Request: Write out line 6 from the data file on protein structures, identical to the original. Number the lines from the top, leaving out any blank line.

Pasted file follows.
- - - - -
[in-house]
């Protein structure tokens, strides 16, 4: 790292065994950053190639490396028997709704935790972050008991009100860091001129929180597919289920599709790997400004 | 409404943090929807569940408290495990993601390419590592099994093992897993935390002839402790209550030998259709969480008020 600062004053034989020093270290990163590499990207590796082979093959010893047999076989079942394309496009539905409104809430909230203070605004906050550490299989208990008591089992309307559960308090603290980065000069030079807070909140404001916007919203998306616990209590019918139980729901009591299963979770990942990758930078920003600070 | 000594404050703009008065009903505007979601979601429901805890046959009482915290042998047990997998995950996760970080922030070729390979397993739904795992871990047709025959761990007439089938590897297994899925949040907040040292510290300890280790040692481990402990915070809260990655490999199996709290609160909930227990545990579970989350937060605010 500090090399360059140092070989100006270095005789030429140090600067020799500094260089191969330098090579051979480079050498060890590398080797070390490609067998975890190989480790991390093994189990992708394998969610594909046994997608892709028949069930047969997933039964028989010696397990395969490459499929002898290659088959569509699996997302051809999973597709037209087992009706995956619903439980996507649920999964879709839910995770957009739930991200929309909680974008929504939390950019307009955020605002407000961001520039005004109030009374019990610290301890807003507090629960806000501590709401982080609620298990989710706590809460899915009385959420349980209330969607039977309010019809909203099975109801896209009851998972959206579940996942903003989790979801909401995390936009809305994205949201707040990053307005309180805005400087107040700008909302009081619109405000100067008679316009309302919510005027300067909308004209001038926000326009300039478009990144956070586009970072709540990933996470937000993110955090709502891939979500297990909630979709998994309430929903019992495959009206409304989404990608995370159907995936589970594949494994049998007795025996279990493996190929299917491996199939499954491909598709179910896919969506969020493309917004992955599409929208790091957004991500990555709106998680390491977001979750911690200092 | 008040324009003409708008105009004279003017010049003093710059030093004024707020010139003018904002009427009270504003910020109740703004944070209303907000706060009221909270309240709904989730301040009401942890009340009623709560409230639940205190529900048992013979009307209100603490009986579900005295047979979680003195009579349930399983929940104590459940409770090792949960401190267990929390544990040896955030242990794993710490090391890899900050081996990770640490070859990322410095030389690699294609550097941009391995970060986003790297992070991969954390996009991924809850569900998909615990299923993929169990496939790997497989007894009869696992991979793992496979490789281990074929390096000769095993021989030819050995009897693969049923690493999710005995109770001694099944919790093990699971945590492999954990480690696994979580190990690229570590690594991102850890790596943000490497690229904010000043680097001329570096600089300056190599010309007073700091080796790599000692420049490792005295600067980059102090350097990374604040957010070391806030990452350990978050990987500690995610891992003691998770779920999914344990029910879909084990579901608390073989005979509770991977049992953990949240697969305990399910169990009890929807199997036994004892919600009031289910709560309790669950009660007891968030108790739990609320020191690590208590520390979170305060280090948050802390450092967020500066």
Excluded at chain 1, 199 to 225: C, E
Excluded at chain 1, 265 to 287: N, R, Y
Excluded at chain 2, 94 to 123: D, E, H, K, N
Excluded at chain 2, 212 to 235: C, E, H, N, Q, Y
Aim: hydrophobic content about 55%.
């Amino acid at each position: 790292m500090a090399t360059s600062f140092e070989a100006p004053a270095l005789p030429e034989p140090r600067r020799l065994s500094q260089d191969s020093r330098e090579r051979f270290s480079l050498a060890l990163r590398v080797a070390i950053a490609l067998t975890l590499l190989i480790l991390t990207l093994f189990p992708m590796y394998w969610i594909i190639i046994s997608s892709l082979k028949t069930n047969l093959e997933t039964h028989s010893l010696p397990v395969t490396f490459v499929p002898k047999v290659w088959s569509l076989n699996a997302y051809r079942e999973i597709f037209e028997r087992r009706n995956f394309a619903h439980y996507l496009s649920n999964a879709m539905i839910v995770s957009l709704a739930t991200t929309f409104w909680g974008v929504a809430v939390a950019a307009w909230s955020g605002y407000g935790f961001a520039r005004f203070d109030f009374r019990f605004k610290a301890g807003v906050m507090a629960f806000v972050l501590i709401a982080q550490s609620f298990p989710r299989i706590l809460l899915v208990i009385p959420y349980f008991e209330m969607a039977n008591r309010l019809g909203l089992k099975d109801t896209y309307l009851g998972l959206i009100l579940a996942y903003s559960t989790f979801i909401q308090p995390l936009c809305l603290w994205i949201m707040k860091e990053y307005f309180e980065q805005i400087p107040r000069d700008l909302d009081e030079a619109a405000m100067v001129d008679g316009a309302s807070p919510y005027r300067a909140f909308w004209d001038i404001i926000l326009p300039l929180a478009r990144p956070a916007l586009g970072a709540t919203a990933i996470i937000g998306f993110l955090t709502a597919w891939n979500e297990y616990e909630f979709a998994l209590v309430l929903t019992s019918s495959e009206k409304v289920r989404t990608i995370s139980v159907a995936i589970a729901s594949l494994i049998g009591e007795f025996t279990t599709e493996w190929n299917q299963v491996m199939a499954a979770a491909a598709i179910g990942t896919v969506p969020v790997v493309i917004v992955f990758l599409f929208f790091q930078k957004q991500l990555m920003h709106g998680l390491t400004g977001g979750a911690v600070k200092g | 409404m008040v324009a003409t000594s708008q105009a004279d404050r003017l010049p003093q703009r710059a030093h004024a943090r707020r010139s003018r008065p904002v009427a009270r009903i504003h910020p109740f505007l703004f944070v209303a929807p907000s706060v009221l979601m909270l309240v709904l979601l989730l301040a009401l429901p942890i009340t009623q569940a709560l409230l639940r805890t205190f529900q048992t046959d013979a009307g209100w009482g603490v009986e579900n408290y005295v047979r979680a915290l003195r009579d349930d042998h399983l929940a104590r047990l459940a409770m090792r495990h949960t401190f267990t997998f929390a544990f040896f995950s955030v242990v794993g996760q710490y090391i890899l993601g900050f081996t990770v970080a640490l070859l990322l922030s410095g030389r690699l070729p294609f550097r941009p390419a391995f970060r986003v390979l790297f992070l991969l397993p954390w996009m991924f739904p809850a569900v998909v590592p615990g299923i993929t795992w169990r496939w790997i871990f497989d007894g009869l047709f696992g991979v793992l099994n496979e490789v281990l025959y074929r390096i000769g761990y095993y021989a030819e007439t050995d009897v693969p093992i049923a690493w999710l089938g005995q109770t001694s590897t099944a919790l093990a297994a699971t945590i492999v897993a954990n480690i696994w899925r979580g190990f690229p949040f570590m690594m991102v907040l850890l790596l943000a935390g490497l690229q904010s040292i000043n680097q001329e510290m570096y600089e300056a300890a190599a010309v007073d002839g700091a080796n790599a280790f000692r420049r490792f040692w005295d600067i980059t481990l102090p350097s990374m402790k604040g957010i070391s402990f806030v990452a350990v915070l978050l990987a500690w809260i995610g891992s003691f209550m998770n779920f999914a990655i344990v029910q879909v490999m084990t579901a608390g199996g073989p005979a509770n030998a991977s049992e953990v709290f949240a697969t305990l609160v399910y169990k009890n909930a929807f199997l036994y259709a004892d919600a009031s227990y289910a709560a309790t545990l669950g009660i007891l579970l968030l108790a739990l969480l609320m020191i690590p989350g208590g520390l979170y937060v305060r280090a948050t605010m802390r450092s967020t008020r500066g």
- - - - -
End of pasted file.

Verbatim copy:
Excluded at chain 2, 212 to 235: C, E, H, N, Q, Y